Catholic Sentinel photo by Ed Langlois
Deacon Mike Caldwell leads retreats for men and women emotionally and spiritually wounded by abortion.
Catholic Sentinel photo by Ed Langlois
Deacon Mike Caldwell leads retreats for men and women emotionally and spiritually wounded by abortion.
In 2008, Mike Caldwell was about to be ordained a permanent deacon in the Catholic Church. But something was jamming his spiritual growth and he couldn't identify it.

Then, in a gush, he realized he had never grieved for the child he had lost years before. Nor had he atoned for standing by weakly as death came.

In his 20s, before he joined the church, Caldwell's girlfriend had become pregnant. She told him she would "take care of it." He let her.

"A young man with the standards of this world would say he'd dodged a bullet," says Caldwell, now 61 and serving at St. Joseph the Worker Parish and Catholic Charities. "Now I know I lost a child."

He and his girlfriend wed. As is frequent in post-abortive relationships, the marriage did not last long.  

Caldwell's life did come together. He wed again 32 years ago. He and wife Linda have three children. He joined the church. After 25 years at Bonneville Power Administration, he retired and began formation in the diaconate. It was during his spiritual logjam that he learned about Project Rachel, a Catholic Charities ministry for those — women and men — wounded in mind and spirit by abortion. After making his confession and attending a Rachel's Vineyard retreat, his life flowed more freely.  

"Abortion is legal, but interiorly, we know it's wrong," Caldwell says. "The pro-abortion people will say it's guilt imposed by society. But that's not true. It comes from inside. It leaves people in a place where they can't find peace."

Caldwell now helps lead the weekends.  

"Abortion always has an impact on people's lives, even if they're not aware of it," says Lori Eckstine, who has directed Project Rachel for a decade. "It alters us negatively because it's contrary to the way we were created."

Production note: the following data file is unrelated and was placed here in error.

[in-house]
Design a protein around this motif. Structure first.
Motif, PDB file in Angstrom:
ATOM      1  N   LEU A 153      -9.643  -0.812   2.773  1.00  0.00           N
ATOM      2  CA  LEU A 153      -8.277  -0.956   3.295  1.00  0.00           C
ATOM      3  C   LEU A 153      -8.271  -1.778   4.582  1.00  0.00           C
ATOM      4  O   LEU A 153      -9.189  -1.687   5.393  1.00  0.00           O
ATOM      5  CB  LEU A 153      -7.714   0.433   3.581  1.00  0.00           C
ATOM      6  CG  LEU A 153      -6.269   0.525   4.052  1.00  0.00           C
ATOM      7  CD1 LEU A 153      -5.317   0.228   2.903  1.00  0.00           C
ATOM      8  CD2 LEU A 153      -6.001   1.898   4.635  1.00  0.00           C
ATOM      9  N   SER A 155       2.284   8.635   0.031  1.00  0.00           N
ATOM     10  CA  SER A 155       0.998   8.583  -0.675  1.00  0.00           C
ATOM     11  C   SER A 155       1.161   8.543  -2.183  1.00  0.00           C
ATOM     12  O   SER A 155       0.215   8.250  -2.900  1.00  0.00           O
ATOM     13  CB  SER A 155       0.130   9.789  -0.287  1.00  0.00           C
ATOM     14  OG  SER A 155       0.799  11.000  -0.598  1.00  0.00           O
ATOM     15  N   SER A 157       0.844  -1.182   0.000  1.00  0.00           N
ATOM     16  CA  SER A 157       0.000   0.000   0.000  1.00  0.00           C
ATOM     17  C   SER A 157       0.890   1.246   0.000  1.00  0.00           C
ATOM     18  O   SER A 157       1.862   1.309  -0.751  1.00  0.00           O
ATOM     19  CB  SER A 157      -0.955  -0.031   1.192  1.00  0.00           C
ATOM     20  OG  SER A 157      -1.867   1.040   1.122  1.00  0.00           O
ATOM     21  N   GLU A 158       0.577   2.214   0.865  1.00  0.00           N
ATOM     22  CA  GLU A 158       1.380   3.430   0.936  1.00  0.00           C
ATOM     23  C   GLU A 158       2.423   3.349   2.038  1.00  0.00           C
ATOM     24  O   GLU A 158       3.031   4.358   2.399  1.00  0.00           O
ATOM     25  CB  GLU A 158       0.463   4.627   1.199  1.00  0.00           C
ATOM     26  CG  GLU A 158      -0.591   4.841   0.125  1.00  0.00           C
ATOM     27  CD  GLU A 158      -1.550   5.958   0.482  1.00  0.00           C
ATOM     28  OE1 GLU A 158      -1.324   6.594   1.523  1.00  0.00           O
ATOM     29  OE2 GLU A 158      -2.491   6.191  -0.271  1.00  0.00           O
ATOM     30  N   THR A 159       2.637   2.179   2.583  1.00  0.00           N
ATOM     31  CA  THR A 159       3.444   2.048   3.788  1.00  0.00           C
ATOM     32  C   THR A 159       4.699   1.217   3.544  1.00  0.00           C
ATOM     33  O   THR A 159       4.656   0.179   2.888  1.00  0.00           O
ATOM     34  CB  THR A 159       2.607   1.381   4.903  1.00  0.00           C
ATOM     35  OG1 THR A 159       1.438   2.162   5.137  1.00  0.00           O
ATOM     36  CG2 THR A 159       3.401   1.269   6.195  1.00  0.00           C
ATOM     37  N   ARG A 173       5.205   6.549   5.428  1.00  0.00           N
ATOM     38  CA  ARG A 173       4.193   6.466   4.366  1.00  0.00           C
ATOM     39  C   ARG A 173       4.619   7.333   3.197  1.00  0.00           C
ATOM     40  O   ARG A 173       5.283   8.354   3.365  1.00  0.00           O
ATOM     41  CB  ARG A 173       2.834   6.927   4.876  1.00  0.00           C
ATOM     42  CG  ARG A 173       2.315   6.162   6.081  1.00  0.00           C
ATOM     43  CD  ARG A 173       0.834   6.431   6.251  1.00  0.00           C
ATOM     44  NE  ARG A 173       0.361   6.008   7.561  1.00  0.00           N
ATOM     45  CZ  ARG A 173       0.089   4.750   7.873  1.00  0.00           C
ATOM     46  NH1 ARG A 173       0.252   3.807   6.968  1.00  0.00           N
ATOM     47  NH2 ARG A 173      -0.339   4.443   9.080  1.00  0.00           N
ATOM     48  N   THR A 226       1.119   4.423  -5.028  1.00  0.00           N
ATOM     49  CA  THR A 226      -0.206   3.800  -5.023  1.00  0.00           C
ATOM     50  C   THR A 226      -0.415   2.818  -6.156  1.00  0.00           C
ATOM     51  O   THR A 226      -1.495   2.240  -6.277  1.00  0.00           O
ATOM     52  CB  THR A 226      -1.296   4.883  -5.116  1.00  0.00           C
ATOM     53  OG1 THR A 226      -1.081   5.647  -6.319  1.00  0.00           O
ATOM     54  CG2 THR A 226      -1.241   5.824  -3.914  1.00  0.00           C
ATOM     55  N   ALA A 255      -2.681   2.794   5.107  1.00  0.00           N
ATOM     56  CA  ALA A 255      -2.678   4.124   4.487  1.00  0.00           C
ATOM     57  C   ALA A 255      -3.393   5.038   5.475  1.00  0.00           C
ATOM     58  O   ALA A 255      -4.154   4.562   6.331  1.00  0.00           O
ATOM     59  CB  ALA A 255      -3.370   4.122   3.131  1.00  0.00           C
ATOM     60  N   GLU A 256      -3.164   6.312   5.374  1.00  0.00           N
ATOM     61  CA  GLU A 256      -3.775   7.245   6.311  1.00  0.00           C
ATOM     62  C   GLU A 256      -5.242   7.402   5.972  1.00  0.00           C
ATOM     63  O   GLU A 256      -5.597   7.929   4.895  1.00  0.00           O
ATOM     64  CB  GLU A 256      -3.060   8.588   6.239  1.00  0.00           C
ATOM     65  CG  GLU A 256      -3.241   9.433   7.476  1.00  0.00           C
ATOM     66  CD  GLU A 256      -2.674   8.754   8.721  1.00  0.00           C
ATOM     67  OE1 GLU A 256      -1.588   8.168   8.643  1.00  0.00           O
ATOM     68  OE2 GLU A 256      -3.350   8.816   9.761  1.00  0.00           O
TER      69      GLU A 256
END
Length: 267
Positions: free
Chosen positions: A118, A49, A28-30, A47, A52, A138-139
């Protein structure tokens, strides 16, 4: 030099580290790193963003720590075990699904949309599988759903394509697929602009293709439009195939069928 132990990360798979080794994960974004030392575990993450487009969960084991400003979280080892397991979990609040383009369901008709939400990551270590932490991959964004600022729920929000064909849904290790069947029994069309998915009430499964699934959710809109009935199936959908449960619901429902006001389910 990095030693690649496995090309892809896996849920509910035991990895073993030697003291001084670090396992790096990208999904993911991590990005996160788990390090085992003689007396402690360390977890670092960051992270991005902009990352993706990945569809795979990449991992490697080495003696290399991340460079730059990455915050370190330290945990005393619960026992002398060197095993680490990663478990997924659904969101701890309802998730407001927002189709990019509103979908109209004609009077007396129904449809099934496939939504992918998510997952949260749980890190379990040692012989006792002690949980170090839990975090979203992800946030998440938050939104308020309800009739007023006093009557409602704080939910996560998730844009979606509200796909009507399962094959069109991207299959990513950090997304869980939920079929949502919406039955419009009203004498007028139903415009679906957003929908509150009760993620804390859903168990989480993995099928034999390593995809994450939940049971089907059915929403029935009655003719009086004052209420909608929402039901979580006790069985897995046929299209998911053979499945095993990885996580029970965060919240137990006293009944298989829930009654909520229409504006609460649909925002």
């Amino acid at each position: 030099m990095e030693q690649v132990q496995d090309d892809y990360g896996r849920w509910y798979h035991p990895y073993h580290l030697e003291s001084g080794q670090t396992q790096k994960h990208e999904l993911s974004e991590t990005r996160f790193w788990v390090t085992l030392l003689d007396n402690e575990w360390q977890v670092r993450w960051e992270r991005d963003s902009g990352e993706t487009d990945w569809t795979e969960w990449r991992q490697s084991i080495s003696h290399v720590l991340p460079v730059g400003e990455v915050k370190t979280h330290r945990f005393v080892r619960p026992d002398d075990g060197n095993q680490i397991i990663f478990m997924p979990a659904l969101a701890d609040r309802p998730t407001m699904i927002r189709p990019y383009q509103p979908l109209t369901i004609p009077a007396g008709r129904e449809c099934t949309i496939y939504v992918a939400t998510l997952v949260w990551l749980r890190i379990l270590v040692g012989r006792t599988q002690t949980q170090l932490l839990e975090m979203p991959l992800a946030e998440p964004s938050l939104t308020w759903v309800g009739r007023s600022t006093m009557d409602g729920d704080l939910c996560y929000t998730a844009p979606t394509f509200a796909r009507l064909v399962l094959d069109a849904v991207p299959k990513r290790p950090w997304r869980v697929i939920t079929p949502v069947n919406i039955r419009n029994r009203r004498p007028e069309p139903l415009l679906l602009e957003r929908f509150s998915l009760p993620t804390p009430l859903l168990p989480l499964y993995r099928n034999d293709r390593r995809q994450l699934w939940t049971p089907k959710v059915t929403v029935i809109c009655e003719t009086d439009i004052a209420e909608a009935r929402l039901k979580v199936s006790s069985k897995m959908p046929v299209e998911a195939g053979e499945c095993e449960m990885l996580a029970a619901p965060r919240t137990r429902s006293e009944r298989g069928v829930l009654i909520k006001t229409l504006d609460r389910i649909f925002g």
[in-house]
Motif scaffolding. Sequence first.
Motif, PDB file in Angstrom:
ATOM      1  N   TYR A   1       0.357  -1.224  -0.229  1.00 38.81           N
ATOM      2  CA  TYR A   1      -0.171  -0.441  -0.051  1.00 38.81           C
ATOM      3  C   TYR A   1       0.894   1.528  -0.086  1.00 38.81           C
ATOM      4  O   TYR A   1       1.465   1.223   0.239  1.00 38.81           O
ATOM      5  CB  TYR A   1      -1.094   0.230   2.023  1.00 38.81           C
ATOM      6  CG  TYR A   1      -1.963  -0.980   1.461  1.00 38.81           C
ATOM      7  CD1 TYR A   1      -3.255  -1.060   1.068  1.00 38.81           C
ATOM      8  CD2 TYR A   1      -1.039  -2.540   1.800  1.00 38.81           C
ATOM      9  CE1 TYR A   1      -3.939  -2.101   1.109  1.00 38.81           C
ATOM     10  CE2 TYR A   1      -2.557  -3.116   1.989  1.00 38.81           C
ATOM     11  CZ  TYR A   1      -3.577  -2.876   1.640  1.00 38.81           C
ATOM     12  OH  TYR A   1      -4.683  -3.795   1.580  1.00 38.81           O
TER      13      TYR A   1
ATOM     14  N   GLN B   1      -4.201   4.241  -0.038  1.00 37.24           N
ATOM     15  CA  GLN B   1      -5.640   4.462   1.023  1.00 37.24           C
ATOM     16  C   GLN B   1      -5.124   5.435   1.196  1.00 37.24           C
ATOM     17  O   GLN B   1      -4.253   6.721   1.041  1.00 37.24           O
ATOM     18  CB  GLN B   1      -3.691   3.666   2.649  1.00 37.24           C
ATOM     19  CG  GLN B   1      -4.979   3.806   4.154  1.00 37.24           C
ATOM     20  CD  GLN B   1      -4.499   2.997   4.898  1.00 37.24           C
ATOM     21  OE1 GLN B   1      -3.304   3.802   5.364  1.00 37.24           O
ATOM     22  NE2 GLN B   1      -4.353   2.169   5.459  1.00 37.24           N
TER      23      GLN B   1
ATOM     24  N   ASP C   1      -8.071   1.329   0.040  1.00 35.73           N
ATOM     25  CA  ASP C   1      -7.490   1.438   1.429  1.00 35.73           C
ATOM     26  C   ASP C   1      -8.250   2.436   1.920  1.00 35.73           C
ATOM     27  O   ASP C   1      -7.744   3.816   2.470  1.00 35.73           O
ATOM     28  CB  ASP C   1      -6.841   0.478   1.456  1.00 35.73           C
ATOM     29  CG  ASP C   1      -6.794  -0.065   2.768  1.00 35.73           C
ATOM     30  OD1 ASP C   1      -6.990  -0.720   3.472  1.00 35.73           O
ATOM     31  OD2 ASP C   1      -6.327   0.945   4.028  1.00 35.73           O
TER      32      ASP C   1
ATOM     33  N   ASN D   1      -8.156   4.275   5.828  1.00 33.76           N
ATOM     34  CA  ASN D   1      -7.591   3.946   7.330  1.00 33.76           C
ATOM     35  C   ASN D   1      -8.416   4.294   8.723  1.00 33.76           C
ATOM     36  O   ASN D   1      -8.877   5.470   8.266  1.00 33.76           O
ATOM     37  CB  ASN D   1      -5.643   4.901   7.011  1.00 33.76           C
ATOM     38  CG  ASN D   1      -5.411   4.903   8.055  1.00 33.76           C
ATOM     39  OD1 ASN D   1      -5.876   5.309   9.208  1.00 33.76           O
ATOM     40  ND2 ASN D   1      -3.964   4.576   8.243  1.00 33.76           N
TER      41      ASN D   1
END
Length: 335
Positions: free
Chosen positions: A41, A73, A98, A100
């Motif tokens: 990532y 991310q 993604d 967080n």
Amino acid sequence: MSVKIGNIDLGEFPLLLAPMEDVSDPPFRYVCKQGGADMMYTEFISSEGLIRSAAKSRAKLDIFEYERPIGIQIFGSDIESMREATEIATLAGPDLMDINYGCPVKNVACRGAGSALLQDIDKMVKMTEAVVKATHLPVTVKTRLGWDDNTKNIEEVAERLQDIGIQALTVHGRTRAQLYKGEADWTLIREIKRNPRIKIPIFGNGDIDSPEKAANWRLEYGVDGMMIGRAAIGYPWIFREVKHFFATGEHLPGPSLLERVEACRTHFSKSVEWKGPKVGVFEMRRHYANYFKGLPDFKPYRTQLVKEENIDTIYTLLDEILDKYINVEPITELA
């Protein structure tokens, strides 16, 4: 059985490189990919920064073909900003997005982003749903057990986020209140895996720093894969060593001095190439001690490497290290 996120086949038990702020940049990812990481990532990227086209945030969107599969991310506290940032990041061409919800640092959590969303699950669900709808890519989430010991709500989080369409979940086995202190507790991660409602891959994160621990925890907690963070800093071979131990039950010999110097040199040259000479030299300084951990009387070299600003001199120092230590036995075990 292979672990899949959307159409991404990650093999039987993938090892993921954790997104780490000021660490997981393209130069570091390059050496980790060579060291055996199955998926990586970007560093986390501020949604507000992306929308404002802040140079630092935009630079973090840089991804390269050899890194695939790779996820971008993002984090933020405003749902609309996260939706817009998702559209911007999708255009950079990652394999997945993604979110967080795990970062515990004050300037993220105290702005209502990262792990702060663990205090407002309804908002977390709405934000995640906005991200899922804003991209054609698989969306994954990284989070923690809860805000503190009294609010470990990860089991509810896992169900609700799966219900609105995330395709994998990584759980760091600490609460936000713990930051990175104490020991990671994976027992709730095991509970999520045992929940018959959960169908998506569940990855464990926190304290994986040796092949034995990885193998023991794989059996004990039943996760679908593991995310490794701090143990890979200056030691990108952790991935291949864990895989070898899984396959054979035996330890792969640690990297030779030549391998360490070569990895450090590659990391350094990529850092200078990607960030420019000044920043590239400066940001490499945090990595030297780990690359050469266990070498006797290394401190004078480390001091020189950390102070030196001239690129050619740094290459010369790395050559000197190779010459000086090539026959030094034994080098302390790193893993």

Coping mechanisms can work for awhile, but in the long term, Eckstein says, post-abortive people find it challenging to live a full, joyful life.

"It dominates people's lives," she explains. "It enters marriage and how they relate in to people of the opposite sex." Many never have children or enter relationships.

"They were trying to make the abortion a non-event, but it's something they have been carrying with them wherever they went," says Eckstein.  

The largest demographic getting help from Project Rachel are women in their 40s and 50s. Those are the ages when people wonder how their children would have turned out as adults.

Tamra Johnson is a Catholic convert and attends Holy Rosary Parish. She had an abortion at 14. A successful student and athlete, she was teased at school. She came to feel like a “bad girl.” School became painful and she quit sports and became promiscuous. “I felt worthless,” she recalls. At age 18, Johnson attempted suicide. Healing and acceptance came through a Rachel’s Vineyard retreat.

“John Paul II once said that we are the walking wounded,” Johnson told the Sentinel. “My abortion affected everyone in my life.”

Men also suffer from abortion. That was the case for Graham Rintoul of Oregon City. He carried his secret for 32 years before attending a Rachel's Vineyard retreat in 2007.

Rintoul, 22 at the time, drove his 19-year-old girlfriend to the abortion clinic in 1975 and paid for the procedure. He didn't realize it, but the deed stuck with him.  

"You get over a hangover," he says. "You get over your team not winning the championship. You don't get over killing your child."

After his first marriage ended, Rintoul married again and returned to church. He stopped drinking. At 59, he has what he calls "bonus children" from his wife's earlier marriage. There are grandchildren, too. He's happy, but knows he's always need to deal with his misdeed.

"There is no do-over," he says. "You can't rewind. You have played a part in killing your child."  

Eckstein says it is possible for post-abortive people to heal. For starters, Project Rachel gives them a compassionate ear.  

"The biggest door they go through is the door of hope," she says. "They can say they believe in a God who forgives, but it hasn't gone to their core yet, where they really experience it. They have to be able to set down that armor. The retreat allows them to do that. They begin to feel Jesus."

— Nina Rhea contributed to this report.